What Bitcoin's white paper got right, wrong, and what we still don't know


Ran across this article. First time I've ever seen someone suggest that the BTC whitepaper isn't flawless. Worth at read



    madexcelmadexcel Reputation: 50
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    Great article thanks for posting this. Many, many interesting points including:

    Simplistic attack analysis. The Bitcoin white paper devotes a relatively large amount of space (about a quarter of the text) to analyzing the chances of a miner with less than 51% mining power successfully launching a fork by getting lucky. Subsequent analysis has identified many other attack vectors (such as selfish mining) and this analysis now looks dated.

    NodyNody Reputation: 103
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    This is the best argument I've seen for the case that Bitcoin is a prototype, a brilliant prototype, but a prototype. The next generation of asset-backed stable coins are going to iron out the majority of these issues, and will have a real-world use beyond speculation.

    HopeHKHopeHK Reputation: 6
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    New coins in the future might solve some inherent problems with Bitcoin. But it will be a really long time, if ever before BTC is replaced as the predominant cryptocurrency. There are loads of cases throughout history where a lesser product dominated simply because of band recognition and a head start in the marketplace.

    Hans2000Hans2000 Reputation: 0
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    would be interesting to run the bitcoin white paper through the BLX accreditation process just to see what the bounty hunters find

    RosiRosi Reputation: 1
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    @hans2000 put a bounty) But seriously, Bitcoin can be improved upon obviously but the whitepaper was written before we had a decade of experience. It wouldn't be fair to pick it apart at this point.

    DNXDNX Reputation: 14
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    Looks like there is a new copyright claim on the BTC whitepaper:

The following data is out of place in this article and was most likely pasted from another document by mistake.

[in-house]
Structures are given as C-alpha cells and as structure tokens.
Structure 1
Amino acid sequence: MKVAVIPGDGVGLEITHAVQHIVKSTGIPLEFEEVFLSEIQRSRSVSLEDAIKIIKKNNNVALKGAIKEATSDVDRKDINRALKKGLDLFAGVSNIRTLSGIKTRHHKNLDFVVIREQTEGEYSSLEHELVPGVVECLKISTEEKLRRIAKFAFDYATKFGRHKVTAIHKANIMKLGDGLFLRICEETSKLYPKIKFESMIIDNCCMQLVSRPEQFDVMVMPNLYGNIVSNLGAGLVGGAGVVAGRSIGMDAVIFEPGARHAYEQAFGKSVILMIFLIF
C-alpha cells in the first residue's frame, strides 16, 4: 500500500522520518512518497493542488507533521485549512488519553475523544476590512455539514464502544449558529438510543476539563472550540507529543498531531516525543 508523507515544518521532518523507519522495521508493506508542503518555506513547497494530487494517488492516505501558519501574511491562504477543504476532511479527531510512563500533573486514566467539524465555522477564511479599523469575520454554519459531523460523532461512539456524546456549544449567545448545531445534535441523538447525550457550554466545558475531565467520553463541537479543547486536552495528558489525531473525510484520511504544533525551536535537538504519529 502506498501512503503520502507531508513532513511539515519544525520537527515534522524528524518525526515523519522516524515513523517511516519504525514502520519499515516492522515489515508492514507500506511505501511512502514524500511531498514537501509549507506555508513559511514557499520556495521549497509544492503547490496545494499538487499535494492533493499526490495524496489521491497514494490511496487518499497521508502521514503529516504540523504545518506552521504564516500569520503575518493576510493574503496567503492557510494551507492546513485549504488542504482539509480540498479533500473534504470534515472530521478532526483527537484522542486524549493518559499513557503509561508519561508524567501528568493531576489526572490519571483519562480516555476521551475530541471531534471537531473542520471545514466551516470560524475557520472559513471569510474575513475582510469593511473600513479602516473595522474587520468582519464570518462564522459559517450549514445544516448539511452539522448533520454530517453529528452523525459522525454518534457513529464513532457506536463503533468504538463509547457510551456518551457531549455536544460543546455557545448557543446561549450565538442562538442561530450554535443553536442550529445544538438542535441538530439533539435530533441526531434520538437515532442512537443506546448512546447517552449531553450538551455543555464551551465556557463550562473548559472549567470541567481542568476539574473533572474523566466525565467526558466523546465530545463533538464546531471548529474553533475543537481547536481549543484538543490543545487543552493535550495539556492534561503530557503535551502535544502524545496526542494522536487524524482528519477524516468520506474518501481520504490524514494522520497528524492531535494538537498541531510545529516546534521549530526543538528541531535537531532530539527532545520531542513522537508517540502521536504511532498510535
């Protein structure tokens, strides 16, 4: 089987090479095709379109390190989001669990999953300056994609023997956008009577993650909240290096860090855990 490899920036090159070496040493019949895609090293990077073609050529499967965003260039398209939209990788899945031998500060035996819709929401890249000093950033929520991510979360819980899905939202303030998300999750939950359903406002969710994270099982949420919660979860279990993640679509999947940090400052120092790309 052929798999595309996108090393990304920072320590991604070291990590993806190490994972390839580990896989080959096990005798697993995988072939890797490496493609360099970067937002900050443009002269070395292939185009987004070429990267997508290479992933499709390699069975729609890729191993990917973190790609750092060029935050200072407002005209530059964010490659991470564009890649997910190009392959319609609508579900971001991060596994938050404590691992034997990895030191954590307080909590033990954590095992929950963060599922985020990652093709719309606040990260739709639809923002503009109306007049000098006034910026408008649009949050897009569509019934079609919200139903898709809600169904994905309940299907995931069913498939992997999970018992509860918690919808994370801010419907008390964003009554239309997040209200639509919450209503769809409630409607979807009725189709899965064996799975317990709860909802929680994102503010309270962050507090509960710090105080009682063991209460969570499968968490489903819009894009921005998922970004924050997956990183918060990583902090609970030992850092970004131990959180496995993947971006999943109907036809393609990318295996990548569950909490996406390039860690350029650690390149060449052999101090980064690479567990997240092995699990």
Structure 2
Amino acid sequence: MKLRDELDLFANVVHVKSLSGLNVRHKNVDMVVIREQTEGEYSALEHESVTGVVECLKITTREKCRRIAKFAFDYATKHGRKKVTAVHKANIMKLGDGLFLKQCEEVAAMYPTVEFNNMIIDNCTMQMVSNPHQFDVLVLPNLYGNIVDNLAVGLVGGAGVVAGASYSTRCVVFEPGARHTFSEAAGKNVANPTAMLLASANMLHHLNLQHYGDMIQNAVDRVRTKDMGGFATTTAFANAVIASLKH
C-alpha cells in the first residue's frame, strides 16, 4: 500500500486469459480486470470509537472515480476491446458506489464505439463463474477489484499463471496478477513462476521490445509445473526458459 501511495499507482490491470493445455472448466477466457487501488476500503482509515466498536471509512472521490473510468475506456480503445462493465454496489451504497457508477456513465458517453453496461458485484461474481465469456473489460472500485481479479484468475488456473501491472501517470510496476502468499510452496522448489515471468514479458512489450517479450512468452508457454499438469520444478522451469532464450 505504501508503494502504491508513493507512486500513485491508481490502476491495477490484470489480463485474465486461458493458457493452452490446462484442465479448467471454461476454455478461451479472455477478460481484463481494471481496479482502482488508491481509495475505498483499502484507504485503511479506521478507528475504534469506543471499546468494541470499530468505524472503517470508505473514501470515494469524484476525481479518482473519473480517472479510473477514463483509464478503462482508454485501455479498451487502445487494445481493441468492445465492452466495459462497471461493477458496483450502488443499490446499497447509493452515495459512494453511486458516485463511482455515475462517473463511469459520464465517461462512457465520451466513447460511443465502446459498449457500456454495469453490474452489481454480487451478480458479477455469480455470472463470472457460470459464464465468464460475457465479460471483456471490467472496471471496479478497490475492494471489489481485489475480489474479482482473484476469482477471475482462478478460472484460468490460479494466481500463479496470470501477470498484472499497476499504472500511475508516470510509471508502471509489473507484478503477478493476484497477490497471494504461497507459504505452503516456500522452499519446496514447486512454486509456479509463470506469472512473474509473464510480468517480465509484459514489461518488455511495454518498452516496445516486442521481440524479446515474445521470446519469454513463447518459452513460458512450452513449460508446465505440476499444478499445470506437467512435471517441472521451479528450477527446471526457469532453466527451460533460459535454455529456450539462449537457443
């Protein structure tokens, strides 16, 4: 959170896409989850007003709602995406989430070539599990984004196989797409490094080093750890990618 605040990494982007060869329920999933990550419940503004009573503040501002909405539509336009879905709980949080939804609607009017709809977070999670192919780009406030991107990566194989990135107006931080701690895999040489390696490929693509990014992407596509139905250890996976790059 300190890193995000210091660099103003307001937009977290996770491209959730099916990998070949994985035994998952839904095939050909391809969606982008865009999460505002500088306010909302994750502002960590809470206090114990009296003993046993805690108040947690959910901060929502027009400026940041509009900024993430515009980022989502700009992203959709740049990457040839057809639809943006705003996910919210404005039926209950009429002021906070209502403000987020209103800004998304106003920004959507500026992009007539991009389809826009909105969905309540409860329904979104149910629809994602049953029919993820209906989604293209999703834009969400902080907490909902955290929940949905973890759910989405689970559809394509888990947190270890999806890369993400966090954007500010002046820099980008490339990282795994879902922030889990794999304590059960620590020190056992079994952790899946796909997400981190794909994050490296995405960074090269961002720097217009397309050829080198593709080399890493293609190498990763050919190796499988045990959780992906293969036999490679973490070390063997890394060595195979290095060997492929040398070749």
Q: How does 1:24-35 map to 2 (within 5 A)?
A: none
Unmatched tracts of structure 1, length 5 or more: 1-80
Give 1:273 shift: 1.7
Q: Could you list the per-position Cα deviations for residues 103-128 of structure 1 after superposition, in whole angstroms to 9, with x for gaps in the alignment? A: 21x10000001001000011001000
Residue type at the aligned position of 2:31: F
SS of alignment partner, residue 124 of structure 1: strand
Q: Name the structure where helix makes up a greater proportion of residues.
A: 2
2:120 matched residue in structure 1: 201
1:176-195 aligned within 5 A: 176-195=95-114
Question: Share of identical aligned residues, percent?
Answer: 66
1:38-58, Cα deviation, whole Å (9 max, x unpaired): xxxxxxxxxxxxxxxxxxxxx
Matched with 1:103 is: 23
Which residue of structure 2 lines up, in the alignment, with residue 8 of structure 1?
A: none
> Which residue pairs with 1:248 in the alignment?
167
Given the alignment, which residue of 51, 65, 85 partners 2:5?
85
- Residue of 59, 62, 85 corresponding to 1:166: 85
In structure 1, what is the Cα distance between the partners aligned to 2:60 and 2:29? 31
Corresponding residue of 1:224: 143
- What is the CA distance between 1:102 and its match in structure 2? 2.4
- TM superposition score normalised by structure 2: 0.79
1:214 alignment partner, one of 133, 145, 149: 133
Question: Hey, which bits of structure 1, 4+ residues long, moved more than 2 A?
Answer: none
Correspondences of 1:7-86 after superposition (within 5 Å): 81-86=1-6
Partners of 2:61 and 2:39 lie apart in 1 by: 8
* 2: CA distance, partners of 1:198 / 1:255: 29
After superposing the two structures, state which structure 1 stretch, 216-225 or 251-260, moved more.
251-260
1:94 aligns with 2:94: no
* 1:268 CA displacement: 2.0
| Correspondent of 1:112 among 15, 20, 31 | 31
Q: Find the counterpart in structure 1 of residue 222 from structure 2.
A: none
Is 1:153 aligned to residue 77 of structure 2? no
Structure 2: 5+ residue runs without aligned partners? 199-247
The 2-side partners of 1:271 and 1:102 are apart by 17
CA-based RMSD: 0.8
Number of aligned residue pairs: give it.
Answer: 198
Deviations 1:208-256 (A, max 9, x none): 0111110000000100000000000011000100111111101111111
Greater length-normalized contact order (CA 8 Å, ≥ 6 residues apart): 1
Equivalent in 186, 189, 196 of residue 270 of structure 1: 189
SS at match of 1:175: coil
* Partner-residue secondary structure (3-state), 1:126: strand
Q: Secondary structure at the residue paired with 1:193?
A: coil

cubanoBHloungecubanoBHlounge Reputation: 53
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    @Jdav19 why just post a link and not give more why we should read it

    JDav19JDav19 Reputation: 1
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    @cubanoBHlounge for me the article was most useful in its analysis of what Bitcoin got wrong. Of course hindsight is 20/20 but this breakdown gives us an idea of what to look for in the next generation of digital currencies. None of this is probably news to serious developers, but for those of us that are enthusiasts its pretty interesting. The article states as below (quoted from article) with paraphrased comments after dashes (--)

    What Bitcoin Whitepaper Got Right (remember this is obviously the first (well known?) crypto:
    1) Incentives for miners
    2) Light Clients -- support for both full and light (SPV) nodes
    3) Scripting -- enabling features like multi-signature accounts and payment networks
    4) Recognizing long-term incentives

    What Bitcoin Whitepaper Got Wrong
    1) ECDSA -- an inferior algorithm
    2) Transaction malleability -- this one is over my head but appears to be a security issue
    3) Features since added -- things like pay-to-script-hash that have been added and turned out to be popular
    4) Limited divisibility of coins -- there will not enough Satoshis for BTC to be the main global payment system
    5) Blocks in a simple chain -- not arranging blocks in a tree has proven inefficient
    6) No state commitments -- makes it hard for light clients to confirm the state of the system
    7) Simplistic attack analysis -- does not identify many attack vectors
    8) One-CPU-one-vote -- did not anticipate dedicated mining hardware

    What we still don't know
    1) SHA-256 puzzles -- relates to excessive energy consumption for POW
    2) The block size and other parameter limits -- some think larger more frequent blocks would be helpful
    3) Anonymity -- not completely anonymous if the right (or wrong) people are looking for you
    4) Inflation -- doesn't account for lost keys and could be deflationary
    5) The switch to transaction fees -- could cause instability in the future
    6) Limited programmability -- could be a handicap moving forward, with ETH being more programmable

    Whew! I didn't intend to go on and on like that, there is a lot more info in the article but this should provide an overview if you have limited time.



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